Around the Ivies
I write today as a humbled man. While last week’s Around the Ivies involved no real football analysis whatsoever, I called my picks simple, as the Ivy League matchups last weekend each had obvious choices in favor of the home teams. I was proved horribly, horribly, wrong, as the visiting squads each returned home victorious. Penn held off Harvard, Yale upset Princeton, and Cornell shocked Dartmouth in what would have been the largest surprise of the year had Brown not actually won a game last weekend. I return to you sporting an 0-4 record from the weekend prior, licking my wounds and my tail between my legs. Clearly, I did not follow Churchill’s advice, and I toyed with forces I did not understand. The football gods may not be kind, but they are just and fair. I, a mere mortal, have been punished for my hubris.
I will admit, I just wanted to mention this loss so that it is forever on the internet in yet another spot. However, I feel that my incoherent ramblings to start these columns are becoming more and more of a stretch, and they may take away my pen soon if I don’t relate it to Ivy League football in some fashion. While Evansville did pull off what Cornell will be trying this week in the form of an impossible upset, my musings of the Derby City came to mind in the week of Harvard’s final home game. For the last time, seniors will suit up and take the field at Harvard Stadium, the place they have called home for years. Before making the trek to that godforsaken, rundown city in Connecticut that does not deserve the admittedly great pizza it calls home in the season’s final week, Crimson seniors have one last go in Cambridge. At home. So as I sing one song for my Old Kentucky Home far away, half of the Ancient Eight’s seniors will sing one final song at their football homes. For this reason, and possibly having to do with the multiple lopsided matchups, I will be picking every single home team this week.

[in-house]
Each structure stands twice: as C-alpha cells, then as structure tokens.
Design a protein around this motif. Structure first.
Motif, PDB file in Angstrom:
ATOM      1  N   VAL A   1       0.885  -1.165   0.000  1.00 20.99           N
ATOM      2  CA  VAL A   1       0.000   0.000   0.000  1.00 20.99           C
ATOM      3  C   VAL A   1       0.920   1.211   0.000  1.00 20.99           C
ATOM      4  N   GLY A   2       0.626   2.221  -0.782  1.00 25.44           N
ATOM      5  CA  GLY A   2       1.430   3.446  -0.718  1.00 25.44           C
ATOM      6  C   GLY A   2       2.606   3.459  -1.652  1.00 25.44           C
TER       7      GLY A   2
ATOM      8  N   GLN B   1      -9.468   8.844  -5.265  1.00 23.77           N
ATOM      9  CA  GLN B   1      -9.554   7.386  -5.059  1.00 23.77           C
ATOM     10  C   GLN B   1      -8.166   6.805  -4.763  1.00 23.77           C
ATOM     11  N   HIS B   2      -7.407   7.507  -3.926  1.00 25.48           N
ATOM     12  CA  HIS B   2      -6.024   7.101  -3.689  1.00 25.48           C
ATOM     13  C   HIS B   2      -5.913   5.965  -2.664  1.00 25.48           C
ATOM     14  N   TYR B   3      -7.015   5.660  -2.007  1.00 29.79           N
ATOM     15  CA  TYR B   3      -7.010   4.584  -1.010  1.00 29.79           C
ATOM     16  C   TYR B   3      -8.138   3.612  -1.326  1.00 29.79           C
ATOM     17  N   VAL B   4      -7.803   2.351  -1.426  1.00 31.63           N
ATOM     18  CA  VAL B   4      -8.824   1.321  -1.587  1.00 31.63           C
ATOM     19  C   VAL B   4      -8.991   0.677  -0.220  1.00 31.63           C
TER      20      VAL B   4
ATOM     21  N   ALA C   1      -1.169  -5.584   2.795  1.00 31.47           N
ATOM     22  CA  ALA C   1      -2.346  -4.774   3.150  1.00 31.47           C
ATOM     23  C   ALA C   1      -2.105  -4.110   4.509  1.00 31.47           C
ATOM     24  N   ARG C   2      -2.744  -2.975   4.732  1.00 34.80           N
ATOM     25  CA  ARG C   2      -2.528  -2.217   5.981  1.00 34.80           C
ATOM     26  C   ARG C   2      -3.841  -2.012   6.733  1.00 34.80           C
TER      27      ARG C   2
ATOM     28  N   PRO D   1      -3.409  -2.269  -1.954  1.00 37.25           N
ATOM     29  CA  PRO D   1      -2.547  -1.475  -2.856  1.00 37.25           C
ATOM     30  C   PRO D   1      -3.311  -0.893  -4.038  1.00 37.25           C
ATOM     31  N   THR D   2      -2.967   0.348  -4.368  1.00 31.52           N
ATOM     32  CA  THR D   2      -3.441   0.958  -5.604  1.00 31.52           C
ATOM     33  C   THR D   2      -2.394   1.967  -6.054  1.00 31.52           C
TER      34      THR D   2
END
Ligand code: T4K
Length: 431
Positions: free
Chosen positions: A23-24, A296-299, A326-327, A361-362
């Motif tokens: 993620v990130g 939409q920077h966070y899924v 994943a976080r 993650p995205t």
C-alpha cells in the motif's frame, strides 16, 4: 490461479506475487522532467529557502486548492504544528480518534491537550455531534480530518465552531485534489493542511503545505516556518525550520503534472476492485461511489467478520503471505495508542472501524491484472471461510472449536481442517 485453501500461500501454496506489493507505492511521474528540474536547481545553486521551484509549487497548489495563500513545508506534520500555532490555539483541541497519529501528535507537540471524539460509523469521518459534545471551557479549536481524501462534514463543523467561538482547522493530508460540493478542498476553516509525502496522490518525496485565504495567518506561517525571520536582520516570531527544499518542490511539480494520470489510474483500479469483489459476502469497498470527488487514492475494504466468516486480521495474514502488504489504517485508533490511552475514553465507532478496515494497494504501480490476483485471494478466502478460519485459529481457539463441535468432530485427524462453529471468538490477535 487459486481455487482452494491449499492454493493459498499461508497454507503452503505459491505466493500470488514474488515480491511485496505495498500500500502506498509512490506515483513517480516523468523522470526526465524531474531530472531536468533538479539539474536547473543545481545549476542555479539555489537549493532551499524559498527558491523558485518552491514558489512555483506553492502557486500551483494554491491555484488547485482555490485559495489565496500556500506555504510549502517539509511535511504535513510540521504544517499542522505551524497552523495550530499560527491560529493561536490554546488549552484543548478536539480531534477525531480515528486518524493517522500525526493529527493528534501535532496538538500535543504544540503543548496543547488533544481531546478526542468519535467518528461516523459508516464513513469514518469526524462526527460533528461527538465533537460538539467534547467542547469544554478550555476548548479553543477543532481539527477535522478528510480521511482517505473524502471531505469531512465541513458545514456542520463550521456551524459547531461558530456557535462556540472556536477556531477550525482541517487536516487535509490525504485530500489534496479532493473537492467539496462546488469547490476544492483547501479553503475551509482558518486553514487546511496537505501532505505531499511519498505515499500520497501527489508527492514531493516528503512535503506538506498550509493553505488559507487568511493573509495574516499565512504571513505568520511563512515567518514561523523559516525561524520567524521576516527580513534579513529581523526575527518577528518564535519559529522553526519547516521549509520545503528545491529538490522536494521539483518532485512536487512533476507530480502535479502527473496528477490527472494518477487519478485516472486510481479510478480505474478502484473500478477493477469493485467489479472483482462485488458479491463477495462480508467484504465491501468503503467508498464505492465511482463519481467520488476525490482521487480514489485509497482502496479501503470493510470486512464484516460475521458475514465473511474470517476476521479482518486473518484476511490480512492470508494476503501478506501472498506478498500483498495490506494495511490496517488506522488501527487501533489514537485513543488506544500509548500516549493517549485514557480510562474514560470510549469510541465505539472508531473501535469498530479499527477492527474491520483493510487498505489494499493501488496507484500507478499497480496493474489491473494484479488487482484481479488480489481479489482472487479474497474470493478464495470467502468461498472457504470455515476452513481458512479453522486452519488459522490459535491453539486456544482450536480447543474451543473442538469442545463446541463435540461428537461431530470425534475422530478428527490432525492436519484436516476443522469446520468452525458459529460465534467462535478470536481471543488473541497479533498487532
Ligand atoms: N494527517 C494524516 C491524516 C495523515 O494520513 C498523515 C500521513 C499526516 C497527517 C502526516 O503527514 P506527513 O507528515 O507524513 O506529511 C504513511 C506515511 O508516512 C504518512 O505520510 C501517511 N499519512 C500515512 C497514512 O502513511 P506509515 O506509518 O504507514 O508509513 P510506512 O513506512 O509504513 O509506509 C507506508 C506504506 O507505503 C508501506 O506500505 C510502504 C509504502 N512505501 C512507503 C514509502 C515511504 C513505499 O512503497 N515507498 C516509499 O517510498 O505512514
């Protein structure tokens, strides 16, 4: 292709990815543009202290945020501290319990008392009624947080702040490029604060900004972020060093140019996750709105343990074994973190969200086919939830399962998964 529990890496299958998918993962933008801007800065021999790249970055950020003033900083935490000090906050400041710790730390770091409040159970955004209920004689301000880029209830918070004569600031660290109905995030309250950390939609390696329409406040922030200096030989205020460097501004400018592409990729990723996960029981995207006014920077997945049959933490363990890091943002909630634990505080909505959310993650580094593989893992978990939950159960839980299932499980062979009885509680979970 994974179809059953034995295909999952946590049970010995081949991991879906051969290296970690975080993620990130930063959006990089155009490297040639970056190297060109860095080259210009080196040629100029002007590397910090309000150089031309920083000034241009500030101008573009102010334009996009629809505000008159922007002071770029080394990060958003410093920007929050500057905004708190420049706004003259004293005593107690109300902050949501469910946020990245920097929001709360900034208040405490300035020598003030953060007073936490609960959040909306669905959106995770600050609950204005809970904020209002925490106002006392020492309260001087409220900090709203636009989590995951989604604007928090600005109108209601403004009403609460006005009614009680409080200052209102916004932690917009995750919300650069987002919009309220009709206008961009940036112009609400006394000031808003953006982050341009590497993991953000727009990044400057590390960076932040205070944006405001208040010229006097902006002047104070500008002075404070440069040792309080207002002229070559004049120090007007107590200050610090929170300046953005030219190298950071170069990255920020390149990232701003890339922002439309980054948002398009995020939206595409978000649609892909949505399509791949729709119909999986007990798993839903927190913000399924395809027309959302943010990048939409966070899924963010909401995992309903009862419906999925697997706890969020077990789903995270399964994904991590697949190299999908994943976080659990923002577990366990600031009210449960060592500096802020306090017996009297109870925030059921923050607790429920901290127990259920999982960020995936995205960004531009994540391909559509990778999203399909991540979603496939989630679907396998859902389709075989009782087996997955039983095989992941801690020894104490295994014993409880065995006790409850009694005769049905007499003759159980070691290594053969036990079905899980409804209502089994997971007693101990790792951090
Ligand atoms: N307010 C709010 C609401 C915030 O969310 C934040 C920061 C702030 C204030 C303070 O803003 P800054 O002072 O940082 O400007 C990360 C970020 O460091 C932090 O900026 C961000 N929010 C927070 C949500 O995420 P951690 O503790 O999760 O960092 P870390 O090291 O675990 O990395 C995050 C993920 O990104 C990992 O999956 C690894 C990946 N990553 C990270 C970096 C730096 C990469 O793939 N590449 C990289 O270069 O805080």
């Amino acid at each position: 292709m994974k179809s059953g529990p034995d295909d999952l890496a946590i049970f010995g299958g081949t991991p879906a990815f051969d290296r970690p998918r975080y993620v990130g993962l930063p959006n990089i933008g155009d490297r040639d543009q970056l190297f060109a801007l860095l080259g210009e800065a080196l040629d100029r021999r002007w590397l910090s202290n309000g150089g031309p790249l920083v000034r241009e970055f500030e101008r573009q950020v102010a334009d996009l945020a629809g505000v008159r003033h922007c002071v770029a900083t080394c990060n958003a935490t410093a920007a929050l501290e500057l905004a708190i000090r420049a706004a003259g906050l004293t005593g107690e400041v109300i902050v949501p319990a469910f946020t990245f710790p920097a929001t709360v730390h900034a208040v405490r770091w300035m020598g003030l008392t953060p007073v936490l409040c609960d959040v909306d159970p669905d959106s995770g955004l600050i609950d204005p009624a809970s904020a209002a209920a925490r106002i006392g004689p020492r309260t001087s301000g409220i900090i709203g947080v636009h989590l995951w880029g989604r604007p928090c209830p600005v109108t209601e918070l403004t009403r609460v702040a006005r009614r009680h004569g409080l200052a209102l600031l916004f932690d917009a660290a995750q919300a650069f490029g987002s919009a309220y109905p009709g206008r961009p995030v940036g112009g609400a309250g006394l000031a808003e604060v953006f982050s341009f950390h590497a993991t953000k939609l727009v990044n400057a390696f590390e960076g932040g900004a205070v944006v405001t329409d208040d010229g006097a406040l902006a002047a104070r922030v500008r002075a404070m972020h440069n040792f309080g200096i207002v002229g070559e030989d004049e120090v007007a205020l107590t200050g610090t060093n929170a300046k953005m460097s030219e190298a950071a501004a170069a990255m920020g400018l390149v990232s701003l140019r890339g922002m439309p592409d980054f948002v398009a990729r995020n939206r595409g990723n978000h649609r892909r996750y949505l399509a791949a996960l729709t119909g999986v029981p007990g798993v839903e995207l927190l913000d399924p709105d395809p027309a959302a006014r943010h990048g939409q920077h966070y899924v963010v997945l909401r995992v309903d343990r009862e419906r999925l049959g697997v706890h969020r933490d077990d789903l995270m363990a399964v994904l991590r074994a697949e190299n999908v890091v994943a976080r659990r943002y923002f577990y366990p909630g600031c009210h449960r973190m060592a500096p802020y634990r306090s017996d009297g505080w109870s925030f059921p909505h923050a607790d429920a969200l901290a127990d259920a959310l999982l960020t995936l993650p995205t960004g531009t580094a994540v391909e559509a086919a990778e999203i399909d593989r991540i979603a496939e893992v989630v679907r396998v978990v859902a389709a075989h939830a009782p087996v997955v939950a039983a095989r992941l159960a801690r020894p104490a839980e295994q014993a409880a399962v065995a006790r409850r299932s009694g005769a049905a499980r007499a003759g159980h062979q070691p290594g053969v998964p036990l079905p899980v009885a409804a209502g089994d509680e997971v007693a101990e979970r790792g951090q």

What’s next? Brown winning a conference game?
If these student-athletes can make some money off of their likenesses, why can’t I? Student journalists all put in time, and we work hard here at 14 Plympton Street. The building is bustling at all hours, and it is hard to see all of the intense manpower that goes unnoticed. And what do we get for all this work? Student experiences? Resume additions? Lifelong community? Yeah, sure, but I sure noticed that cash money wasn’t on that list whatsoever. Therefore, I announce that my Crimson email and my Twitter DMs listed at the bottom of this page are officially open to advertisers. Come one, come all. I’ll be able to market any product in these articles; it’s amazing that half of this stuff makes it in here anyways. I’ll slip it in just like you can easily slip into Levi’s new flex-fitting jeans! (See?) Sure, you can go after Justin Herbert to market Nike. But you also have me. My reader base includes my parents, my brothers if they have nothing to do in study hall, and maybe even more in the future. Keep an open mind.
I know what you’re all thinking: which one is more important? It’s tough to say. On one hand, both have already been back in theory. The Emperor made an audio appearance in previous trailers for the new Star Wars film, and Ivy League conference play has been going on for weeks. This week, however, offers two important caveats. In the cinematic world, Palpatine finally played a central role in the trailer, with the signature voice of Ian McDiarmid finally accompanied by what seemed to be the outline of his classic hooded figure. For many football fans, this commercial offered the most exciting event from this week’s abysmal Monday Night Football game. In the same vein (kind of), Ancient Eight football is finally completely central as well; no Ivy League team will play anymore non-conference games for the rest of the season. From this point forward, all of the games count for the conference standings and the race for the title.